You may not realize it, but people form some 60,000 thoughts a day. Typically about 80% of them are negative. A developed sense of mindfulness enables us to sort those thoughts that should be heeded from those that should be ignored. Similarly, our bodies provide us constant, valuable feedback on our current state, most of which goes untapped.
Mindfulness, then, is just learning how to read what our minds and bodies are telling us at any given moment, so that we can be sure where we are before we start off for where we want to be.
Thoughts and What They Can Do to You
The brain is a busy organ—receiving much more information than it can fully process. So, quite naturally, it looks for shortcuts. What this means is that familiar questions, analyses or tasks that the brain feels it has already fully processed are dispensed with by rote. 1+1? That’s 2. Water too cold? Reach for the tap.
This is known as Level 1 thinking, and it’s helpful in some cases, but a hindrance in others. Suppose, as a child, you asked to join a group on the playground, but you were rejected and ridiculed. Your brain used the more intensive Level 2 thinking and processed this with the resources you had at the time, perhaps deciding you were a loser and shouldn’t try to join groups. Today, you see a group of people having a good time without you and your brain automatically spits back “You’re a loser—stay away.”
When our Level 1 processing causes suffering, it’s like a relentless mental whip. Negative thoughts literally become habits and may ruin an otherwise perfectly good life. But if new neural pathways can replace the old Level 1 thinking, and they cause less pain, we experience a life filled with more ease—and that’s a wonderful thing.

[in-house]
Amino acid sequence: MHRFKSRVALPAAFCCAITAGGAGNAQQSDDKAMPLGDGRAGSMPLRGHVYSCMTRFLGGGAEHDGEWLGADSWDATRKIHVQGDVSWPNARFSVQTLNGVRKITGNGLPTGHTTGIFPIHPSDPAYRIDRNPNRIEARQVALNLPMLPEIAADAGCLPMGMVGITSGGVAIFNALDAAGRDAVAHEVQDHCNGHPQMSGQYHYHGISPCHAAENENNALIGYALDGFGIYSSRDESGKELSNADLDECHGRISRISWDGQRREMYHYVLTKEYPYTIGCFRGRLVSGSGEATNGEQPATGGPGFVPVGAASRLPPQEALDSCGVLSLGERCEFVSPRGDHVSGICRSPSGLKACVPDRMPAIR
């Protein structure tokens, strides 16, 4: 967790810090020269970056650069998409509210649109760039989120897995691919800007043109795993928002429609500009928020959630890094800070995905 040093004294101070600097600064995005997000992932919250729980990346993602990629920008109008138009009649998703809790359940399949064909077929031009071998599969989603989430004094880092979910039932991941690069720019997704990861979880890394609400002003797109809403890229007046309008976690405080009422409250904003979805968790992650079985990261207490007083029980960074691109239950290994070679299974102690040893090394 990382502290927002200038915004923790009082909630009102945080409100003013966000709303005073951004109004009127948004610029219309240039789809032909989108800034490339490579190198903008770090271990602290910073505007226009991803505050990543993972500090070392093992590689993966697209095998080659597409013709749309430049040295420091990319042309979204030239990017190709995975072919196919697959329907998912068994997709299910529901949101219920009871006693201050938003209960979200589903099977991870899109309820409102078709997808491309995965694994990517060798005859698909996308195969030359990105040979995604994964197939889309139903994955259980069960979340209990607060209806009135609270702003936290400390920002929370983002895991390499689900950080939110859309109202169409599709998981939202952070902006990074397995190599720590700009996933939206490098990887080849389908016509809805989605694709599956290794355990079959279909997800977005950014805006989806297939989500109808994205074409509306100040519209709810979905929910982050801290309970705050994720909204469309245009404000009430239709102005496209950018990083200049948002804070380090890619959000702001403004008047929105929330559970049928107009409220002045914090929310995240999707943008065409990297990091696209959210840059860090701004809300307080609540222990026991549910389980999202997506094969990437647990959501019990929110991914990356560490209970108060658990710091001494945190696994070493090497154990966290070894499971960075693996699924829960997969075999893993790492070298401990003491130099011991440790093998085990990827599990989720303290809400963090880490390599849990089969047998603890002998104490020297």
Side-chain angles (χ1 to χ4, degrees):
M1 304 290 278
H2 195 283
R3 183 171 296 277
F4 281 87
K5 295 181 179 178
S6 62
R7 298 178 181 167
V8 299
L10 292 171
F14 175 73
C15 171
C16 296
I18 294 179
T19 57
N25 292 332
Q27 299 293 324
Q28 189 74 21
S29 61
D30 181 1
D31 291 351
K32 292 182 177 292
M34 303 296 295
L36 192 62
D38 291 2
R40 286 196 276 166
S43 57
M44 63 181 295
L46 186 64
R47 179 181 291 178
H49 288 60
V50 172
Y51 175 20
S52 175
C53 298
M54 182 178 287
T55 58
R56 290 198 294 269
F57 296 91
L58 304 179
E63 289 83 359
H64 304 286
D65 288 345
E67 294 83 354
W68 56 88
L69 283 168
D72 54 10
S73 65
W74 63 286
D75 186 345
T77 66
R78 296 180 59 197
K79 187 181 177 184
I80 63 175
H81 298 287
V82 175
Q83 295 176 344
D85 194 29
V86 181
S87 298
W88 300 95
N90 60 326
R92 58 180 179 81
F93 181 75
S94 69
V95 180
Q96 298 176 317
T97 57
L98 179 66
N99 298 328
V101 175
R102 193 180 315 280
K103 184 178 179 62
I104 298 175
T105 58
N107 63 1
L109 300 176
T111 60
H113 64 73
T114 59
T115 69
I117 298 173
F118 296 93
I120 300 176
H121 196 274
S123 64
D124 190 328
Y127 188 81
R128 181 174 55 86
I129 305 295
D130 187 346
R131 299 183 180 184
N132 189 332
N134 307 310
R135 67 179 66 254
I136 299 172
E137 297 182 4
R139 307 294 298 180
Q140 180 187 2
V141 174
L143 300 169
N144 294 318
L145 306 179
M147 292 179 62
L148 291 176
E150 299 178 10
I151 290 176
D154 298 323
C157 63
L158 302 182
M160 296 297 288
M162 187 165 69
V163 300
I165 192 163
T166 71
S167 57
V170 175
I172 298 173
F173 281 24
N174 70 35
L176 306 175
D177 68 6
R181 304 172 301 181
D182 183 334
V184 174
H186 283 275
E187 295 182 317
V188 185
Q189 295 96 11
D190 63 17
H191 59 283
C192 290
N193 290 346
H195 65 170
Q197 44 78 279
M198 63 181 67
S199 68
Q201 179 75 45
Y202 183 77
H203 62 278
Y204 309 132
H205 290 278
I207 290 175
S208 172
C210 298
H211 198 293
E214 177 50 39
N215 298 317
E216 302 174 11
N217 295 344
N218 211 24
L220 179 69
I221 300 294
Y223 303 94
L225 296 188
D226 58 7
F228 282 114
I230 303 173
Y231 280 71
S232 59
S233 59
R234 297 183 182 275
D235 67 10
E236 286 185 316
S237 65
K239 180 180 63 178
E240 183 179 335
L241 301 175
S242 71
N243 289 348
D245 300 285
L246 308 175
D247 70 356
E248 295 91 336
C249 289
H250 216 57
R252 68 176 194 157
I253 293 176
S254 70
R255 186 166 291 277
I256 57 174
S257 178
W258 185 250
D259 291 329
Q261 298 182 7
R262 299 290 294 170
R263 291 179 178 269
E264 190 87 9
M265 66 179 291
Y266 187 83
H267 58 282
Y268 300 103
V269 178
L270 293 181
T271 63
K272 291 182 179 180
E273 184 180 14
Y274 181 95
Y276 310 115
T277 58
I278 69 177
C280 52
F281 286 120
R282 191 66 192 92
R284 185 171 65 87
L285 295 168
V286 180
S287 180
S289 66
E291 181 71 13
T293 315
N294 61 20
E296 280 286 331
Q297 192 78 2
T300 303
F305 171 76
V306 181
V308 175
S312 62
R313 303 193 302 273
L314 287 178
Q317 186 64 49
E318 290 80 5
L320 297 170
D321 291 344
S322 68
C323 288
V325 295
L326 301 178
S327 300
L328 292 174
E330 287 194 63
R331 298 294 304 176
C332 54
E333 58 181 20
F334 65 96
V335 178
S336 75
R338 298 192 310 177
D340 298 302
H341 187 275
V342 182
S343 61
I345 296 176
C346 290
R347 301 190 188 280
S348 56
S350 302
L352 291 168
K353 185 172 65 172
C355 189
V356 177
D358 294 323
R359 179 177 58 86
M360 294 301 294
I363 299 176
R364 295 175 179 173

You, The Expert on You
The internet affords us access to previously unthinkable quantities of information. There are experts telling us what to eat, what to drink, how to dress, how to exercise, how to date, how to raise our children, etc., etc., ad infinitum. Of course, some expert advice contradicts other expert advice. Is it any wonder we get confused?
Here’s a little secret:There’s only one expert who actually matters—you.Due to biodiversity, there is no one else exactly like you and therefore you’re the only one who knows what’s right for you.Sure, books, information, and other forms of outside perspective (such as life coaching) are valuable, but only if you trust and rely upon your own internal feedback as you assess, adapt and implement the ideas you’re exposed to.
Most of us are familiar with that slightly sick feeling we get when we’re doing something that’s not right for us, or the euphoric feeling that comes over us when life, for whatever reason, feels effortless.
As a coach, my aim is to help you become more aware of your own unique stop and go signals, help you learn to trust them, and eventually to become an expert at tapping into them so you will know, and know quickly, whether you are moving in the right direction.